I stopped at the Nurse's Station to ask for his room. "Ah yes, J.," the nurse behind the counter said. "Just follow the corridor to the right as it wends its way around. On your right you'll see a door marked, "Over Capacity. That's his room."
What an odd name for a room, I thought as I followed her directions and came to the room with the promised signage. He was inside. Sitting on his bed. The blue hospital gown over his t-shirt and jeans. Long blond hair streaming out from beneath the ever present baseball cap he always wore.
He greeted me with a smile. Shy. "Thanks for coming," he said. "It's nice to see a familiar face."
The room was cramped. No window. No cupboard. No washroom. No visitor's chair. There just wasn't room in the storage area turned into a hospital room for anything other than the bed and a sink. I wondered if along with the label "Patient", his other label, "Homeless" had followed him into this dark space. I didn't want to ask if there was a connection between his lack of economic status and the position of the bed he'd been provided. I didn't want to embarrass him or to cause him to question his position on the ward. But still I wondered. He must have seen the question in my eyes. "The nurses are nice. They treat me real good."
He had been there since the first day of the month. Fourteen days of tests and trying to stabilize him enough to keep food down. Since May, he's lost sixty pounds. Ten alone over the fourteen days he's been there.
"Look at this," he said, showing me the menu from his dinner. "Everything's pureed. Ugh. Pureed pork." He smiled. "The popsicles aren't bad. And I like Jello. But I just can't get enough to eat." Shrug. "At least I'm keeping this food down."
We chatted for a bit about people and happenings at the shelter. He told me about his family. Two sisters. Two brothers.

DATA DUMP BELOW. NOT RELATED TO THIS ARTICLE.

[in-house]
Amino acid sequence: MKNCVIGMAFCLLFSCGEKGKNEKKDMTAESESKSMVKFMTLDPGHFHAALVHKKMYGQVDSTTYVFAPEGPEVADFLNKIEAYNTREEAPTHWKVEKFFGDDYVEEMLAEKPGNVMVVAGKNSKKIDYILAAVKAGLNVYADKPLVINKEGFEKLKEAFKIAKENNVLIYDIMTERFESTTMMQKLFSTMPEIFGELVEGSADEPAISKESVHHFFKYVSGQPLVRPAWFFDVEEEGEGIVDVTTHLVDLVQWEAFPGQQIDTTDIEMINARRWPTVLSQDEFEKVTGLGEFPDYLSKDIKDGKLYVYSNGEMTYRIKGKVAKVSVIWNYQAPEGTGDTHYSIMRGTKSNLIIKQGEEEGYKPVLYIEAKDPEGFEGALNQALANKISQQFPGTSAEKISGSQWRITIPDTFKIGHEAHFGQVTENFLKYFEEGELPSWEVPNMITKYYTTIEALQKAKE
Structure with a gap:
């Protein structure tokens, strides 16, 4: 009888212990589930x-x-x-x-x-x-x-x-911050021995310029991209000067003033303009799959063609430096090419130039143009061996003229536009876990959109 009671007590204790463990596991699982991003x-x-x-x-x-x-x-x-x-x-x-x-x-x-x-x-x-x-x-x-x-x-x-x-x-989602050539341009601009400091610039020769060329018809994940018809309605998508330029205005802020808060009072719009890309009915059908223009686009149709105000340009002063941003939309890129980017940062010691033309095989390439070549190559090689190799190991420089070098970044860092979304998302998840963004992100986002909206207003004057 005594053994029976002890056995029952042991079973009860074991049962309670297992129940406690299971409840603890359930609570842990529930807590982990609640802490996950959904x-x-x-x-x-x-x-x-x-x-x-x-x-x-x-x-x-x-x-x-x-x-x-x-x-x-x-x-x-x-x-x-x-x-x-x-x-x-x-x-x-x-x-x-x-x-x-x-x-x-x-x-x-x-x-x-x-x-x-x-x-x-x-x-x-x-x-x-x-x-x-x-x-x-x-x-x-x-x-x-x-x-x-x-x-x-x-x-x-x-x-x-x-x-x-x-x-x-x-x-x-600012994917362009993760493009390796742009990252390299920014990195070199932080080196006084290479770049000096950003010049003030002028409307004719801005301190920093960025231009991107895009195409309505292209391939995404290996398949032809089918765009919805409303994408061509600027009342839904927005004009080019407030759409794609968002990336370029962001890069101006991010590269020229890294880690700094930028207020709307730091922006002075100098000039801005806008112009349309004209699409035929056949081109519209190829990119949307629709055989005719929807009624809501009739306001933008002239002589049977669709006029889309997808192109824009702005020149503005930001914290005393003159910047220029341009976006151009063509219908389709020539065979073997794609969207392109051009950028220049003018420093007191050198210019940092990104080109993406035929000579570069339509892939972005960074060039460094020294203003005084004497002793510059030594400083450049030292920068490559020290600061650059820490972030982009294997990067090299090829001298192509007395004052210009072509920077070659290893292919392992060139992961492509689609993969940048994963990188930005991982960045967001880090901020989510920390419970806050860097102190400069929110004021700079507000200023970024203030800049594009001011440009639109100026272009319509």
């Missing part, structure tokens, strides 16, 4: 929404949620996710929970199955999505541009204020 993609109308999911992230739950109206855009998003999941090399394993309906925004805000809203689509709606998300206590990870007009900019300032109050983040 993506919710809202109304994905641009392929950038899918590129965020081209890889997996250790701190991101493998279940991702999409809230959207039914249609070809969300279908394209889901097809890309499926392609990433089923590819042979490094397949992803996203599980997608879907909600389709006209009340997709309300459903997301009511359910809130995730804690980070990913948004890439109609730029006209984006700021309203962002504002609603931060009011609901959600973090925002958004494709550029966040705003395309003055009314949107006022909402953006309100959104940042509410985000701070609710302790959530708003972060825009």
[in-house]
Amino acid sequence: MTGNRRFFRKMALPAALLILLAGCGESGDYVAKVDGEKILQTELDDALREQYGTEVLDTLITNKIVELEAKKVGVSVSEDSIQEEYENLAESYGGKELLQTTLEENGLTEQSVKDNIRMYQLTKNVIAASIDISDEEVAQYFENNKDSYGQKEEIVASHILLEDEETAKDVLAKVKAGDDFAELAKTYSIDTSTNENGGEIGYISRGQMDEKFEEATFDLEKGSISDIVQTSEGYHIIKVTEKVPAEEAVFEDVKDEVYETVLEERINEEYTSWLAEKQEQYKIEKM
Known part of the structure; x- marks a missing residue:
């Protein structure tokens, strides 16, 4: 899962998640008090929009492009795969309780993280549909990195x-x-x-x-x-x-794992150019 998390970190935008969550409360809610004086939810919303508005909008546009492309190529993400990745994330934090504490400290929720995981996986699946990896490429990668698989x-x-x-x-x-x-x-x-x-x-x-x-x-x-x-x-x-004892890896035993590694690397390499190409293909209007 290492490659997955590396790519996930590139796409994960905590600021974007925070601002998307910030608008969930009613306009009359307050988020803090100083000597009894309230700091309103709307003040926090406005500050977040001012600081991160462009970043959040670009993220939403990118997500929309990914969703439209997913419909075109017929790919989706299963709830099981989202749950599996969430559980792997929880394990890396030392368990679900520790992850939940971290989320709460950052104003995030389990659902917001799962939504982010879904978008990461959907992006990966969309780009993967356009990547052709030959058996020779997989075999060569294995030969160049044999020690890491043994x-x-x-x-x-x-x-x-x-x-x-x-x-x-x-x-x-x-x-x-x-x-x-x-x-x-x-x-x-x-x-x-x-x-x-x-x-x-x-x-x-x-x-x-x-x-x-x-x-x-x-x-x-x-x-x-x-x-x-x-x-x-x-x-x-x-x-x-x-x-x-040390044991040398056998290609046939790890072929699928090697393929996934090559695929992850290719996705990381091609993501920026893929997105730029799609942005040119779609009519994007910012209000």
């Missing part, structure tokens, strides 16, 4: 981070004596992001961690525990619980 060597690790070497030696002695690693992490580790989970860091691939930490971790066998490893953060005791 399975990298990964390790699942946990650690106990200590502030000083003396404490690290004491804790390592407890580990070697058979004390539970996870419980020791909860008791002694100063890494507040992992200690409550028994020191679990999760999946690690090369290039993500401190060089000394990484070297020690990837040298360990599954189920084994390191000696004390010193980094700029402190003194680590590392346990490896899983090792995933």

I asked if he wanted me to contact them. "Not yet," he replied. "I'd rather get the details on what they're going to do before I worry them needlessly. My one sister won't care anyway. She never responds to my emails. But the others. They'll just worry about me. They don't need that."
I'd brought with me some of the photographs he'd taken and had mounted for an art show coming up at the shelter. When he'd called earlier he'd told me about his conversations with the doctors. "It'd be nice to show them some of my work," he said. "I might even be able to sell some. I'm not doing any bottle picking these days," he added with a laugh.
"I can bring some with me," I said.
"Would you? That'd be great." He set the photos up on the floor, leaning against the wall. The light wasn't great, but even in that dim space, the beauty of his photography leaped at you. The city scape through the porthole of a bridge. A flower, its delicate pink petals glistening with dew. A duck floating on the river, its ripple trailing behind it.
He has an eye for composition and light. An uncanny ability to see beyond what the human eye discerns to the negative spaces between shapes and shadows. He'd only started taking 'pictures', as he calls them, a year and a half ago. He'd been given a disposable camera. He filled the film. Had it processed and fell in love with the medium.
"I'm getting kind of old to keep doing manual labour," he'd told me. "Maybe picture taking could become my retirement plan." He'd laughed when he said the words, "retirement". Laughed and kept on taking pictures.
He doesn't know now how long of a retirement period he's going to get. "They say it's probably cancer," he said. "I figured they might find something in my lungs. Never thought it would be my stomach." He's waiting for surgery. Waiting to find out if he's got a couple of months, a year, maybe more.
"Let's focus on many more," I said.
"More would be good," he agreed. "But I'm pretty happy with what I've had." He paused. "But a bit more would be nice."
I hope he gets the bit more. Hope he gets a chance to take more pictures. To capture on film the world as he sees it. A world of beauty frozen in the angles of glass and concrete girders with sun glinting off the corner where they meet and touch the sky. A world of wonder where dew drops glisten on a purple flower in the early dawn. Where river ice floats upon a sea of mist and dusty pink dawn bruises the azure sky.
I hope he gets a bit more time to experience more of the wonder he's found behind the camera. Time to share his gifts. Time to be alive.